Utility Week

UTILITY Week 4th April 2014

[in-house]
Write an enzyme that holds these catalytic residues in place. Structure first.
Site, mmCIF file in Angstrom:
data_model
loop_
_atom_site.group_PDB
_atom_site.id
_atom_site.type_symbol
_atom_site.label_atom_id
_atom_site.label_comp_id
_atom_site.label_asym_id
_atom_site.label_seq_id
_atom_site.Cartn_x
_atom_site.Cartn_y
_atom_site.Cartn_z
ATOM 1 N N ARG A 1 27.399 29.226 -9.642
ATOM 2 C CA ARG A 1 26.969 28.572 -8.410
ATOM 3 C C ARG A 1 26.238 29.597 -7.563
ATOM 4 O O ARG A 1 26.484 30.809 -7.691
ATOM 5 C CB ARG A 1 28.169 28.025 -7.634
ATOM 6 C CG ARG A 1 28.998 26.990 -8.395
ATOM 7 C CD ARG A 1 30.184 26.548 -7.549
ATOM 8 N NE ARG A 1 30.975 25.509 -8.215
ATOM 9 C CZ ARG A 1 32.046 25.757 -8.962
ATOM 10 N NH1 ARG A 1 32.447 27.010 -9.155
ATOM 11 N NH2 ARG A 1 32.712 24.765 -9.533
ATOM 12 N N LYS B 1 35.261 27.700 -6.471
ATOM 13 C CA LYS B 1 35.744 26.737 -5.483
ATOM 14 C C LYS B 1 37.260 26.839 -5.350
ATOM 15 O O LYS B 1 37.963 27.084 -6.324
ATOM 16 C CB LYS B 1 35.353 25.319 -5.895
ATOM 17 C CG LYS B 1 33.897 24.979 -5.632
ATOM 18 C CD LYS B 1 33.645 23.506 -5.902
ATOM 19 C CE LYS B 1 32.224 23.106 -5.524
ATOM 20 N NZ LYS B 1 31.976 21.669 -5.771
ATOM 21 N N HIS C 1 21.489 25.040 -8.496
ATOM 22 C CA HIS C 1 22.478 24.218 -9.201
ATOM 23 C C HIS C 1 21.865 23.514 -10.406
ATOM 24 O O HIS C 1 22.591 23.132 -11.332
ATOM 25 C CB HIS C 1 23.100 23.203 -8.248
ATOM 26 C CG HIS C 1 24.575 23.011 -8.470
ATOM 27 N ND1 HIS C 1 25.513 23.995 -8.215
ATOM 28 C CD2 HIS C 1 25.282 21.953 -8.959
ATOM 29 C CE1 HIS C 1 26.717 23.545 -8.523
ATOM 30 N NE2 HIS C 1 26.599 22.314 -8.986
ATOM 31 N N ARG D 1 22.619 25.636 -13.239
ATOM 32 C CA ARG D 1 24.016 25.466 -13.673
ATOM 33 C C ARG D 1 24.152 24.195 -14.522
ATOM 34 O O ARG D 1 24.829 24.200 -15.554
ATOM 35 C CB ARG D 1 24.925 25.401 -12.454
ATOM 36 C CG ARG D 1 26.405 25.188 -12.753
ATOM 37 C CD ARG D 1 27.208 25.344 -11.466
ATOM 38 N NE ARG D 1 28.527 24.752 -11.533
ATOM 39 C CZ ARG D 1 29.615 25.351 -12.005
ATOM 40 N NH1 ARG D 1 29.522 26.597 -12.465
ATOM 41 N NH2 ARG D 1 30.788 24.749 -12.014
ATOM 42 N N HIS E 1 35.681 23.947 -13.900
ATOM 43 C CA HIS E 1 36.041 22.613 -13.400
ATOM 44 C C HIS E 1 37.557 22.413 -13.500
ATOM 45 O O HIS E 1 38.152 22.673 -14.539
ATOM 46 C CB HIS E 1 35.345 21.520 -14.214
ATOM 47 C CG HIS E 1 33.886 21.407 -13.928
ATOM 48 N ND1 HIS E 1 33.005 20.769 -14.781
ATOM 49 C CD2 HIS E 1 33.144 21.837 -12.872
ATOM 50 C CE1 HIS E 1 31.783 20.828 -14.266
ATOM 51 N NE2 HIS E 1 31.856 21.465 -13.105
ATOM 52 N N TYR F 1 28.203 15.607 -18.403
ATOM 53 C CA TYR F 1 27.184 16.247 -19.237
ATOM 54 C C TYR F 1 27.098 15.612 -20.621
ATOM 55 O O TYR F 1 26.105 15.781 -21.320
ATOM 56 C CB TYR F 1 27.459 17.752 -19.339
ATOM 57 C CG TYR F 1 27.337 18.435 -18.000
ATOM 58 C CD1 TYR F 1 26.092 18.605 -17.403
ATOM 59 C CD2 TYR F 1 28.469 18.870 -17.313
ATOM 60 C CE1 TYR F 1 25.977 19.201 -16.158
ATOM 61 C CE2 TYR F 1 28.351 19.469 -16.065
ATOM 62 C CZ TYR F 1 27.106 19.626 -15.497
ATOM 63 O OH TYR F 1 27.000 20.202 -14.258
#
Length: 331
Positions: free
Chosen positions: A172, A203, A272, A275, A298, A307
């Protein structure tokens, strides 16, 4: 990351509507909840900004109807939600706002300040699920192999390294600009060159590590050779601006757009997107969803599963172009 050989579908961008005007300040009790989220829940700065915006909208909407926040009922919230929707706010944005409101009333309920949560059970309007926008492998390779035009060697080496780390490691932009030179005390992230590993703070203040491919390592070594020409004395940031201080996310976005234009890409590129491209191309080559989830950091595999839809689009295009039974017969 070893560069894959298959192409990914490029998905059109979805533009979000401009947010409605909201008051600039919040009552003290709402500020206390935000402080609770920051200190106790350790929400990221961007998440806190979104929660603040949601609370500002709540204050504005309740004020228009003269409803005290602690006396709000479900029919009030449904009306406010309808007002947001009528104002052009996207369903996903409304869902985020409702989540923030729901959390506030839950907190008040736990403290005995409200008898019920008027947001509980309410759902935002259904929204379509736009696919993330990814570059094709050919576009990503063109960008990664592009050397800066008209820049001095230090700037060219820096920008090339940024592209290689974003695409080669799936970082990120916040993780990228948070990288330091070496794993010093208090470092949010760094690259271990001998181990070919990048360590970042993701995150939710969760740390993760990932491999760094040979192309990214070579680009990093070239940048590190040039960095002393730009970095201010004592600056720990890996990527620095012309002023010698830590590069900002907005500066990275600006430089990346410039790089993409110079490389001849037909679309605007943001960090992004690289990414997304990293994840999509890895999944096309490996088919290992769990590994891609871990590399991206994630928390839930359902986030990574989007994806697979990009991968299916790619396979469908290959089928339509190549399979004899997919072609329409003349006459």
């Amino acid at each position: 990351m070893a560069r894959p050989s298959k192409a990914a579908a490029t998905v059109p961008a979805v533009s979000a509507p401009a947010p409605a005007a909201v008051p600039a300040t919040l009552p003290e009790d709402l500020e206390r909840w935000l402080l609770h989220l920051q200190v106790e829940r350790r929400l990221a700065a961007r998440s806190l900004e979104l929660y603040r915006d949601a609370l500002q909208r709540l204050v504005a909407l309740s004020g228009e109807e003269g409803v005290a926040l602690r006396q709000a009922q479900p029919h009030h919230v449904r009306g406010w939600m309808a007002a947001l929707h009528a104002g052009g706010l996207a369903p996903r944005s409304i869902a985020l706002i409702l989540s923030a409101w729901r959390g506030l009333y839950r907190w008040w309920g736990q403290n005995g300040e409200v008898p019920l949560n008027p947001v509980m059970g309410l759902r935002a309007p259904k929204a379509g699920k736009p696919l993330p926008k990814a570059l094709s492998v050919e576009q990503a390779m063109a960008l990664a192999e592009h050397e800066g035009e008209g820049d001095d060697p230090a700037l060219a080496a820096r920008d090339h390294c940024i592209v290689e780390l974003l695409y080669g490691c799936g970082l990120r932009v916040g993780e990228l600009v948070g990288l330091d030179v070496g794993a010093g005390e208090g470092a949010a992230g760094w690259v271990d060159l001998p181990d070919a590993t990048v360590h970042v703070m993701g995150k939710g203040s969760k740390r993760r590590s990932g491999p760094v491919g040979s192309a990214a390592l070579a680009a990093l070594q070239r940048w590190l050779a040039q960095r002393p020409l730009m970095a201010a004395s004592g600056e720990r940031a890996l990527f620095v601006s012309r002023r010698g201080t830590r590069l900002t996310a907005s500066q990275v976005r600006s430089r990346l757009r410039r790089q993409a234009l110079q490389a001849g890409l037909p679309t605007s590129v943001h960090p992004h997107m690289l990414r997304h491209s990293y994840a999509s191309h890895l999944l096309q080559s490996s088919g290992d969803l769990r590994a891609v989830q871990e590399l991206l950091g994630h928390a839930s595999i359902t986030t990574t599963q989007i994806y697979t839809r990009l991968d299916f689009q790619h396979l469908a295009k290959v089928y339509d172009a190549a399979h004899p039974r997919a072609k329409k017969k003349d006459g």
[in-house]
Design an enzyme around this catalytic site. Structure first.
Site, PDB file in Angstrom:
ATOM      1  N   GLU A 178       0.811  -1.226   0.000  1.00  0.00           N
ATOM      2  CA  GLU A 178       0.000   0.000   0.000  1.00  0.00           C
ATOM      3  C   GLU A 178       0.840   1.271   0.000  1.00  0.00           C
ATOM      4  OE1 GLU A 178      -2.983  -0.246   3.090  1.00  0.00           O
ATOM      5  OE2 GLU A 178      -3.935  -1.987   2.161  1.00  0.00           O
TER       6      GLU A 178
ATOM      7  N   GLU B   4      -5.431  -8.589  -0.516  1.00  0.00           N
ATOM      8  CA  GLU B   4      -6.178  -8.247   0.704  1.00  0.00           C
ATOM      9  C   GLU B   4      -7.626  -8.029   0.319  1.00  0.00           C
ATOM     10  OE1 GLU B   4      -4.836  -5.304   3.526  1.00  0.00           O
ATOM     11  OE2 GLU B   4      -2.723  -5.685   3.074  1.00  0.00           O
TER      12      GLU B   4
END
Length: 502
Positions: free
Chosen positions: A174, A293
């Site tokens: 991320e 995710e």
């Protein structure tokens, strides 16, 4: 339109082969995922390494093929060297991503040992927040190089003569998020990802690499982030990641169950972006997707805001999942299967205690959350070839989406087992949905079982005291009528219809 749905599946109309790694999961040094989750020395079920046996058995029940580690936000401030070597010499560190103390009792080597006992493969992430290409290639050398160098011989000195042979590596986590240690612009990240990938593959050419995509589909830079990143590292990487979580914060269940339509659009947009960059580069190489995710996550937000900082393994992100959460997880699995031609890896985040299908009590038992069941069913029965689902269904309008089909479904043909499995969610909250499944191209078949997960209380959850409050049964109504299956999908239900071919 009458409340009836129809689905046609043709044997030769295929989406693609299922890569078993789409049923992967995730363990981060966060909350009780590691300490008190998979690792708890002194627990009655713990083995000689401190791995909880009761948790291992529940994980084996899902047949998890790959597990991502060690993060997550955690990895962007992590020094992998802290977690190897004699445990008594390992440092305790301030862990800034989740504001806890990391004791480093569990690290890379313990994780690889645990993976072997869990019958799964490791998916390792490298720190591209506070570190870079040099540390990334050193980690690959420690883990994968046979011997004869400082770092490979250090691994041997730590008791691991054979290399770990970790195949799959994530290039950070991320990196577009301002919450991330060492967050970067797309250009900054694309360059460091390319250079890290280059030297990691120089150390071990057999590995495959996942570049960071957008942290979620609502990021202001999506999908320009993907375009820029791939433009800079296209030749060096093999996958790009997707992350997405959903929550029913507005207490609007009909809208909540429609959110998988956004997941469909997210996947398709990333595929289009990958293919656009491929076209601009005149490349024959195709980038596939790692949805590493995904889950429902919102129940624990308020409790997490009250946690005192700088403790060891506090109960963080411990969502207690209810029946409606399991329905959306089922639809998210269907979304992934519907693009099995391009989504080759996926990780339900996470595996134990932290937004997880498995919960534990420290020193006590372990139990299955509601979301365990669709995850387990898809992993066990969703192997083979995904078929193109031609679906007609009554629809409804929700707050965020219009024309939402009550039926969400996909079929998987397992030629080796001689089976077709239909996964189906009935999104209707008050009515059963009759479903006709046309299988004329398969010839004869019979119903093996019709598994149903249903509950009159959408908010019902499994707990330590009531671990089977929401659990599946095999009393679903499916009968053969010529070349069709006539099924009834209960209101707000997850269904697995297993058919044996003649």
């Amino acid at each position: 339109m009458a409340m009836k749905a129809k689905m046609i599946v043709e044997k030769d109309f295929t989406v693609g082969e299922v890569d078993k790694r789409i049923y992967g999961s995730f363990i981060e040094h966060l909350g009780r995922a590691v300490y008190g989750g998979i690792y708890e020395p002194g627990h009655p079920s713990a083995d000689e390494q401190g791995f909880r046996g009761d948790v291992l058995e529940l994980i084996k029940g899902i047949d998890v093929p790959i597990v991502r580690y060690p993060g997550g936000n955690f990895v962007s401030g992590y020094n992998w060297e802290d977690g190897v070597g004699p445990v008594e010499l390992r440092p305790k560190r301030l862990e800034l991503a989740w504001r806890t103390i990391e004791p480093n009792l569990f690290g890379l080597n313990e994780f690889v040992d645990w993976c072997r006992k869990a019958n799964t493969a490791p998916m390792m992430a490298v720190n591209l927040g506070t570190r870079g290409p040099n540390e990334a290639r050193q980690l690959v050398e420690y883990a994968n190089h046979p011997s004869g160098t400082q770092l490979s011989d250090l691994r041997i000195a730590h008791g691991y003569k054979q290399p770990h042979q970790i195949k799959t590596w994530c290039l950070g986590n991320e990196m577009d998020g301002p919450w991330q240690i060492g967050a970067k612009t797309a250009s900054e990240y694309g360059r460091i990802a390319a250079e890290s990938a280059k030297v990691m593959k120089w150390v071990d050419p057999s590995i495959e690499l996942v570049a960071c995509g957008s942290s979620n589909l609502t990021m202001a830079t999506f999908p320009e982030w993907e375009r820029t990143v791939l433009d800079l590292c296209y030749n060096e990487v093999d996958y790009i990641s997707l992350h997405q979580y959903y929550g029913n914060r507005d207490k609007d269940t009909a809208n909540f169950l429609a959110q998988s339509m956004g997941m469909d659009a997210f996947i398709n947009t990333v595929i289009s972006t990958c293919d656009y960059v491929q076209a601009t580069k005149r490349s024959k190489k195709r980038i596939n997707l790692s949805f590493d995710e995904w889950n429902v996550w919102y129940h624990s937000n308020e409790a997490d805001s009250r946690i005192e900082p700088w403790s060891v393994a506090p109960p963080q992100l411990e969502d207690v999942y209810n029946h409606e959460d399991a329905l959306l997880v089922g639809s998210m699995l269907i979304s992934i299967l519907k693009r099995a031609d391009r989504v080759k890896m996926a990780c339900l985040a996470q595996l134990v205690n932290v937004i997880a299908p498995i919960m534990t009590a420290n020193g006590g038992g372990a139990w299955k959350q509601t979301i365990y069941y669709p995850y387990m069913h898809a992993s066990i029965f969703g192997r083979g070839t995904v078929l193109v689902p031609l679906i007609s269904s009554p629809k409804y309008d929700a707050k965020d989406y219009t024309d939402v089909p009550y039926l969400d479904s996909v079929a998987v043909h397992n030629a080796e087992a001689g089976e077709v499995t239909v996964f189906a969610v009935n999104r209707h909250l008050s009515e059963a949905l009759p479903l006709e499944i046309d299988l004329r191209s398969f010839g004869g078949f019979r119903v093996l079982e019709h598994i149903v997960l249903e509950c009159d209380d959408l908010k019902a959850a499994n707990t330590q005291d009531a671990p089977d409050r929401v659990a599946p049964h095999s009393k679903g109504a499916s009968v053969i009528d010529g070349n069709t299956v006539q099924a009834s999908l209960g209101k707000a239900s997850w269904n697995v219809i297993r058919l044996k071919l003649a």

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24 | 4th - 10th April 2014 | UtilitY WEEK Operations & Assets Market view T he Environment Agency estimates that 2.4 million properties in England are at risk of flooding from rivers or the sea, and an additional 2.8 million properties are susceptible to surface water flooding. Fur- thermore, there are a substantial number of properties at risk of flooding from ground- water – shown for the first time on a National Groundwater Flood Risk Map published by ESI, an independent scientific environmental consultancy specialising in water, land and sustainable development. With the recent UK floods affecting large parts of southern England, including the Somerset Levels and the Thames Valley, many utilities customers are not only hav- ing to deal with the devastating effects of groundwater flood damage to their homes and business premises, but the repercus- sions of overwhelmed drainage systems and sewer flooding, too. But how does groundwater sewer flood- ing fit into the wider flooding picture, and what can water companies do to identify customers at risk? ESI's techniques using new data demonstrate how water compa- nies can implement robust sewer infiltration reduction plans to meet the latest regulatory requirements. Groundwater flooding occurs when sub- surface water emerges from the ground at the surface, or into made ground and struc- tures. This could be as a result of persistent rainfall that recharges aquifers until they are full, or may be a result of high river levels or tides driving water through near-surface deposits. Compared with surface water flood- ing, groundwater flooding can last consider- ably longer, with incidents lasting anything from a week to several months, which is why it can prove substantially more costly to land and property owners than any other type of flooding. Groundwater flooding or a shallow water table prevents rainfall infiltration and increases the risk of surface water flooding, which means that many surface floods are actually driven by groundwater conditions. But consideration of surface water in isola- tion, and lack of evidence for groundwater conditions, leads to incorrect analysis of overall causes. Although emergent groundwater tends to be clear and relatively clean compared with muddy fluvial flood waters, it has very real potential to be contaminated by brownfield sites and sewers and, as water companies will know, sewer flooding can cause sig- nificant health, environmental and financial issues. ESI has developed methods that use the new groundwater data in geographic infor- mation systems to allow analysis of the interaction between sewers and groundwater to identify where problems of sewer infiltra- tion will occur. This enables the firm to assist water companies with the development of suitable sewer infiltration reduction plans to reduce the risk of future sewer flooding. Although local authorities and com- mercial organisations are highly reliant on current and accurate flood risk guidance to prevent and predict the costly aermath of groundwater flooding, until now there has been no national-scale authoritative map of groundwater flood risk. The previous milestone achievement in this field was the publication by the British Geological Survey (BGS) in 2007 of a national Susceptibility to Groundwater Flooding data- set at a scale of 1:50,000. This indicates areas where geological conditions could enable groundwater flooding to occur and where groundwater may come close to the ground surface. The BGS clearly states this resource was never intended to be used to calculate the risk of incidence, but in the absence of any other resources, it has been repeatedly relied on for just that purpose. In October 2013, ESI addressed ground- water flooding issues in England and Wales by publishing the first national authorita- tive Groundwater Flood Risk Map. The com- pany's team of specialist hydrogeologists has managed to overcome the constraints of the previous work available, and has developed its model using best practice algorithms and calibrated risk predictions using site-specific evidence of real flooding events from many parts of the country. ESI's National Groundwater Flood Risk Map is already proving popular with a vari- ety of companies in the water and utility sec- tors and the map should see a change in the way that groundwater flooding is considered. The company is working in consultation with dozens of lead local flood authorities and will continue to develop and evolve the map. A move to a risk-based model can only be good news for the hundreds of homes and landowners finally freed from the potential issues that come with being branded a risk in the past, and more in-depth and appropri- ate information can only help with planning projects and infrastructure in the future. Mark Fermor is a hydrogeologist and managing director of ESI Ltd Map to reduce sewer flooding By identifying properties at particular risk of groundwater flooding, the National Groundwater Flood Risk Map helps water companies to develop sewer infiltration reduction plans, says Mark Fermor. Case study: Compton, Berkshire The village of Compton in Berkshire is located in the catchment area of the River Pang and has a long history of inundation. This can lead to overflowing sewers and basement flood- ing, which has led some of the residents to install pumps in their properties as a mitiga- tion measure. ESI's National Groundwater Flood Risk Map can help identify properties in Compton that are at risk so that residents can plan accordingly and water companies can best prepare staff and partners serving the area. The obvious benefit of the map is that it allows the user to get a large-scale understanding of the groundwater flood risks of a region and an indication of the potential flood risks at a given site, at a low cost. This is a powerful screening tool in the early stages of planning for all major projects, including utility connec- tion feasibility. In the case of villages such as Compton, the map assists with clarification of how much risk is faced in different parts of the district, helping those living and working locally to plan ways to avoid exposure to flooding wherever practical.